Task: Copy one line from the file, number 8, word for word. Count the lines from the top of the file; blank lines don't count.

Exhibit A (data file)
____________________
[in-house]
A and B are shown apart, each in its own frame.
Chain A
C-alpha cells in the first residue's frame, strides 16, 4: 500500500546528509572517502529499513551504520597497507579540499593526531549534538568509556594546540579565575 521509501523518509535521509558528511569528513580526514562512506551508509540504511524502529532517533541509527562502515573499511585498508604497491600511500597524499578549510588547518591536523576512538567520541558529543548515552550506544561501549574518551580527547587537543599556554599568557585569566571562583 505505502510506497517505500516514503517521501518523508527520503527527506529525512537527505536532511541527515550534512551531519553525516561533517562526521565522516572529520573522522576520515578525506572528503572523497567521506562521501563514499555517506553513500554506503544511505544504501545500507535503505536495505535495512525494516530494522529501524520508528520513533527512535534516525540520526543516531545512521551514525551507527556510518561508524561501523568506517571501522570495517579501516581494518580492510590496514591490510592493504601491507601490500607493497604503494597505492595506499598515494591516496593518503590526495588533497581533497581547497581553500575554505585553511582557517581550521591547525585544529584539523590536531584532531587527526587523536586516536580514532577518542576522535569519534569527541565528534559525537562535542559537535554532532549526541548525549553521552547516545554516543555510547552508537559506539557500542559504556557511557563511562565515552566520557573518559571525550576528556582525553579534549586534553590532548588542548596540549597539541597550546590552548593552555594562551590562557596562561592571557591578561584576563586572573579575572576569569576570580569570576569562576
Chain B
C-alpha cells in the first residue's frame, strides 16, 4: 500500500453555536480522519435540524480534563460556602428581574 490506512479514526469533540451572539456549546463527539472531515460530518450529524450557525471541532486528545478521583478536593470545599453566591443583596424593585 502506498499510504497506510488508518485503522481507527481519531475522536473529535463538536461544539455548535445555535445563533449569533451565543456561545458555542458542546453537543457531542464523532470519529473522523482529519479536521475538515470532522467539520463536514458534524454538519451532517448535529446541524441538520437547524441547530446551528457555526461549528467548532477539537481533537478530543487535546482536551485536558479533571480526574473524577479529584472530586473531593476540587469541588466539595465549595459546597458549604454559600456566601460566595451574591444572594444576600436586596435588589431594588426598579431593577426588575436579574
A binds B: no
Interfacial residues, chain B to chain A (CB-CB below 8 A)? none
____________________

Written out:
Interfacial residues, chain B to chain A (CB-CB below 8 A)? none